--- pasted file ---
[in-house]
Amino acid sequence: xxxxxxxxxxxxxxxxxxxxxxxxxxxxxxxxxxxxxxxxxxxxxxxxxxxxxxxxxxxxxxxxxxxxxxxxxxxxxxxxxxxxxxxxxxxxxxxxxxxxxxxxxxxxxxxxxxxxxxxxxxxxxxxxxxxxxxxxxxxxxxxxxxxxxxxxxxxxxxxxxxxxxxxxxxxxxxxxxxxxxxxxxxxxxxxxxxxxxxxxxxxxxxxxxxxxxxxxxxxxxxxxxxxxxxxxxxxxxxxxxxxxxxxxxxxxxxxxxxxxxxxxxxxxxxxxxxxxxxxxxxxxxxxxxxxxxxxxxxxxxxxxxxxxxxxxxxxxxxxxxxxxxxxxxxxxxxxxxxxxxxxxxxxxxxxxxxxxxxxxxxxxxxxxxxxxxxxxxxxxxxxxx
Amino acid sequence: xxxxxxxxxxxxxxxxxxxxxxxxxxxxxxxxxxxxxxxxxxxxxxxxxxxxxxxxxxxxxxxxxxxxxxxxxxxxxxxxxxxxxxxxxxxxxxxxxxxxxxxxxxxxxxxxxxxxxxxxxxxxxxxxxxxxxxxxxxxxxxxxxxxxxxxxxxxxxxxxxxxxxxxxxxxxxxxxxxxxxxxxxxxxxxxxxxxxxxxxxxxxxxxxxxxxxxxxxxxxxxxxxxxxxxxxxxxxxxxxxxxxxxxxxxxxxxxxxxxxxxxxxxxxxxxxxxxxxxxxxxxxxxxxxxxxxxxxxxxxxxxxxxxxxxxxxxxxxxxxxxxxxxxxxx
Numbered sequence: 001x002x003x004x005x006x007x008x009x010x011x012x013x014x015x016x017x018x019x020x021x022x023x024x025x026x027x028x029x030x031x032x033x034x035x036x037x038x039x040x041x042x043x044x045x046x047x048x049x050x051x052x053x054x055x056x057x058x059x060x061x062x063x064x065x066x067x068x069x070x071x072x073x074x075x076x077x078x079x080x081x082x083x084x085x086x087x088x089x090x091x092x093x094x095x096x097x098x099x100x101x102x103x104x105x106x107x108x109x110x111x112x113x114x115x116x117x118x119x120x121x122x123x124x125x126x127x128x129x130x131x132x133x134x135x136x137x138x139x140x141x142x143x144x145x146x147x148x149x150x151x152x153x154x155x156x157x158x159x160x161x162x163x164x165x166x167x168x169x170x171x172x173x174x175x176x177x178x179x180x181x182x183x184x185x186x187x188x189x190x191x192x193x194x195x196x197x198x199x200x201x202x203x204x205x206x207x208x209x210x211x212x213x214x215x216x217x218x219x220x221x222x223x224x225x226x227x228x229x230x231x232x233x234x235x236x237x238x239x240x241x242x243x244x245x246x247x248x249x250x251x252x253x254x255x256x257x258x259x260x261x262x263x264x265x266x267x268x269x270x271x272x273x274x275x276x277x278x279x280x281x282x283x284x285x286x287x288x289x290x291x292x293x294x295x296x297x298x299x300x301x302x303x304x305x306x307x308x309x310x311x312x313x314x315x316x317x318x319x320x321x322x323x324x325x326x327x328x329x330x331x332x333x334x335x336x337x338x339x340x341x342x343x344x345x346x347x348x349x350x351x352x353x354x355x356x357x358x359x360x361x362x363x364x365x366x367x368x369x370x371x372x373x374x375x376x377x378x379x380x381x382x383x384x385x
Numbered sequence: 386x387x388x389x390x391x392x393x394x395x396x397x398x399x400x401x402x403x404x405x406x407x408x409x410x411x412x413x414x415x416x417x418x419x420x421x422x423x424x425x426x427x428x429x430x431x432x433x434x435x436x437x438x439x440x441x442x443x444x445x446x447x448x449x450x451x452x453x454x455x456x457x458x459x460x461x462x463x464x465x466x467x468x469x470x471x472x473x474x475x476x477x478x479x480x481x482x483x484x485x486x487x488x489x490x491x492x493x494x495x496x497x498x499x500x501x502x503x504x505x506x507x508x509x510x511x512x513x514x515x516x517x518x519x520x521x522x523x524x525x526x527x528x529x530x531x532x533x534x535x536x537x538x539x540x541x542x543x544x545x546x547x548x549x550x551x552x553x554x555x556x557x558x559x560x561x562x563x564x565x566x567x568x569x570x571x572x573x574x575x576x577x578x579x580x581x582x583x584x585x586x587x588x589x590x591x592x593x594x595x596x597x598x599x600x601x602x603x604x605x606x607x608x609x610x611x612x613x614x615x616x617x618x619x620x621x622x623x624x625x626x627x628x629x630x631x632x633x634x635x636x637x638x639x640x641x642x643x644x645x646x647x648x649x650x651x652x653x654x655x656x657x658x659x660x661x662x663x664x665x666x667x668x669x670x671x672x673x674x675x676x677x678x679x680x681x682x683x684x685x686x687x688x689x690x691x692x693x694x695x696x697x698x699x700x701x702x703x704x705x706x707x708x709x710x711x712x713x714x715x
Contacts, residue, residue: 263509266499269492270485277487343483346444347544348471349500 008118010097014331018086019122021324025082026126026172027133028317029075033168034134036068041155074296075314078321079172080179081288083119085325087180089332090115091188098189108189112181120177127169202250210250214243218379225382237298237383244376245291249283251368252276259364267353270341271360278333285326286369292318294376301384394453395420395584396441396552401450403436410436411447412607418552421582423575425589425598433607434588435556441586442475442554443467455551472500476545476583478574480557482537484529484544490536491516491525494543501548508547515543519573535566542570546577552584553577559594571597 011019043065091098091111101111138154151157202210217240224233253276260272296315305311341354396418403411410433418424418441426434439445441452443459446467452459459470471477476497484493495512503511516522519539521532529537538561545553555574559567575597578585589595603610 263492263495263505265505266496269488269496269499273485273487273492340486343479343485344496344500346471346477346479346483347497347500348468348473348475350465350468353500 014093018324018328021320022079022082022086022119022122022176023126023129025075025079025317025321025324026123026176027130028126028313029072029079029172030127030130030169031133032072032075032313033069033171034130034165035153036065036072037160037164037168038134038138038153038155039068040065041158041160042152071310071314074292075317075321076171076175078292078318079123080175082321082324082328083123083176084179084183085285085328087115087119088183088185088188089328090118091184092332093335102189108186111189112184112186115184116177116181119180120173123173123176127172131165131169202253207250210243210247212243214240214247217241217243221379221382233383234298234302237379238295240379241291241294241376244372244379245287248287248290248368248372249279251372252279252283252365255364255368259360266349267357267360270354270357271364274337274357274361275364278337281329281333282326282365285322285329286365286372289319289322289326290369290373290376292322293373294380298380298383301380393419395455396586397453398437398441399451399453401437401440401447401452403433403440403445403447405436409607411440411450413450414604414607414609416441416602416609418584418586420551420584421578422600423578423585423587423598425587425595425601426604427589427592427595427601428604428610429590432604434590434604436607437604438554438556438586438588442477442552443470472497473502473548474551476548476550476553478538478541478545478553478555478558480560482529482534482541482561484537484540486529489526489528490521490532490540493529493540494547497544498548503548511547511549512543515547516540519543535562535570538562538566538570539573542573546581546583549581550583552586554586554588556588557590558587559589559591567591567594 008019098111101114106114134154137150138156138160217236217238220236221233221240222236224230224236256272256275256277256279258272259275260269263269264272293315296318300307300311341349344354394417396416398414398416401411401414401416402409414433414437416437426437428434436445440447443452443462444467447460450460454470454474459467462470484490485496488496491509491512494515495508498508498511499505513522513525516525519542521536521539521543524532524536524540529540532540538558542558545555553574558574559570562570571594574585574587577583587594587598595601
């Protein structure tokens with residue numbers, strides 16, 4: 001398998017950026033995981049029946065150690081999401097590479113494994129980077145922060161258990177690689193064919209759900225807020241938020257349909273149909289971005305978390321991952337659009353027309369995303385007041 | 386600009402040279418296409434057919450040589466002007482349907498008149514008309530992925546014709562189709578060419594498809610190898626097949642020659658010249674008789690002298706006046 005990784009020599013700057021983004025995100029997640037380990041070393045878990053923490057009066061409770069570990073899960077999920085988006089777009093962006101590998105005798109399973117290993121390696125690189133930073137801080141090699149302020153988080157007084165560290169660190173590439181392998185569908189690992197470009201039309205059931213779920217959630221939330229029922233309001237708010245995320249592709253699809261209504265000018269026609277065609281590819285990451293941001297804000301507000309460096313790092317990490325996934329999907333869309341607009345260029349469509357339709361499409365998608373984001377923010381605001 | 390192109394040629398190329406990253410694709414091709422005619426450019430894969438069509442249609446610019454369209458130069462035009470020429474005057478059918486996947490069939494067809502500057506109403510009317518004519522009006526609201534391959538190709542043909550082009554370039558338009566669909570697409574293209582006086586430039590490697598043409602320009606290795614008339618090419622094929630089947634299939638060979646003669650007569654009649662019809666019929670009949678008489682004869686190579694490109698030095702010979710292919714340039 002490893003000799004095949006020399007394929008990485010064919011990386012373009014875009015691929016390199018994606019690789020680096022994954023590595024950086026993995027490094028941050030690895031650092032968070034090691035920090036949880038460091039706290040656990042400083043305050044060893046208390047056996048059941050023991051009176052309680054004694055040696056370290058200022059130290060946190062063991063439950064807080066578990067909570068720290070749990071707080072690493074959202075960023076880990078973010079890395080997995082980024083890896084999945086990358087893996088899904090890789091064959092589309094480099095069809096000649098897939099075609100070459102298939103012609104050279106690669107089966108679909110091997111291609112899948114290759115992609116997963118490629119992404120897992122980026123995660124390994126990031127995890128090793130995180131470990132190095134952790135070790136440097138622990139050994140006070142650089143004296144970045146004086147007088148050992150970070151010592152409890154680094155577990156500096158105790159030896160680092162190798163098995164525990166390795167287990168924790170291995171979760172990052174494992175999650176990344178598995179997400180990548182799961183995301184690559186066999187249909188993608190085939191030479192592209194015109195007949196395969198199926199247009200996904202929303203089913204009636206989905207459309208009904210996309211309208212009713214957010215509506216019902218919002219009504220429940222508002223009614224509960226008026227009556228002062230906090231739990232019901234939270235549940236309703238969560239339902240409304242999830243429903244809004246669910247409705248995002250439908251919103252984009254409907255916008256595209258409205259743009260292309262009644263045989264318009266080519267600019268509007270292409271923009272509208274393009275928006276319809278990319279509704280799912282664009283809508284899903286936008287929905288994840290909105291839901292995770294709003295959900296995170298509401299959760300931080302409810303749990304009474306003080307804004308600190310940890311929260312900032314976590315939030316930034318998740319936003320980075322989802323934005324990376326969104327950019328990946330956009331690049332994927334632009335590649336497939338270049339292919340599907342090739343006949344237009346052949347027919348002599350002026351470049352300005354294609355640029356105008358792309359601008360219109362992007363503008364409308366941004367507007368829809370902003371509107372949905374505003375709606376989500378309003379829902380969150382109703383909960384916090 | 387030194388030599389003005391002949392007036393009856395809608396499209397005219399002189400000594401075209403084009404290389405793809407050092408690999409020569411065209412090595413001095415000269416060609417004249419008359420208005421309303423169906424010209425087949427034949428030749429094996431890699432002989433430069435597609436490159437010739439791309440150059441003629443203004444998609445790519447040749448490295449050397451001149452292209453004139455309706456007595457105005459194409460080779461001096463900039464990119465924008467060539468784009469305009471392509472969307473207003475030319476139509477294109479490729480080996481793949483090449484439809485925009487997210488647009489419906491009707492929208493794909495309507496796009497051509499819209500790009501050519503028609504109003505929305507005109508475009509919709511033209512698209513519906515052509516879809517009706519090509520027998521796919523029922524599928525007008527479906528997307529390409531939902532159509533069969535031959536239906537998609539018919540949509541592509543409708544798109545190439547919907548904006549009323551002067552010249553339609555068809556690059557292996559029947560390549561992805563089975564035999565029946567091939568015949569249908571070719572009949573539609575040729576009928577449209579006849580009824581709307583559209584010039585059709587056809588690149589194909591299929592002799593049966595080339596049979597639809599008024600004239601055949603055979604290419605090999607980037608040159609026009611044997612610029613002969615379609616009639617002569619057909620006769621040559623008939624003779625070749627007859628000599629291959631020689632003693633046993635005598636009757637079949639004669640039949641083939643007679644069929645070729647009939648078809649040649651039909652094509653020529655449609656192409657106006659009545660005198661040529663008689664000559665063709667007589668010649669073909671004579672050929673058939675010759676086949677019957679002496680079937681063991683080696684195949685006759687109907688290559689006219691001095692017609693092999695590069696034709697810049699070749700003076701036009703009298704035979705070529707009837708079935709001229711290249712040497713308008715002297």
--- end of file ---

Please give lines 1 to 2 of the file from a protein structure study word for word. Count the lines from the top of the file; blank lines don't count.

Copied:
[in-house]
Amino acid sequence: xxxxxxxxxxxxxxxxxxxxxxxxxxxxxxxxxxxxxxxxxxxxxxxxxxxxxxxxxxxxxxxxxxxxxxxxxxxxxxxxxxxxxxxxxxxxxxxxxxxxxxxxxxxxxxxxxxxxxxxxxxxxxxxxxxxxxxxxxxxxxxxxxxxxxxxxxxxxxxxxxxxxxxxxxxxxxxxxxxxxxxxxxxxxxxxxxxxxxxxxxxxxxxxxxxxxxxxxxxxxxxxxxxxxxxxxxxxxxxxxxxxxxxxxxxxxxxxxxxxxxxxxxxxxxxxxxxxxxxxxxxxxxxxxxxxxxxxxxxxxxxxxxxxxxxxxxxxxxxxxxxxxxxxxxxxxxxxxxxxxxxxxxxxxxxxxxxxxxxxxxxxxxxxxxxxxxxxxxxxxxxxxx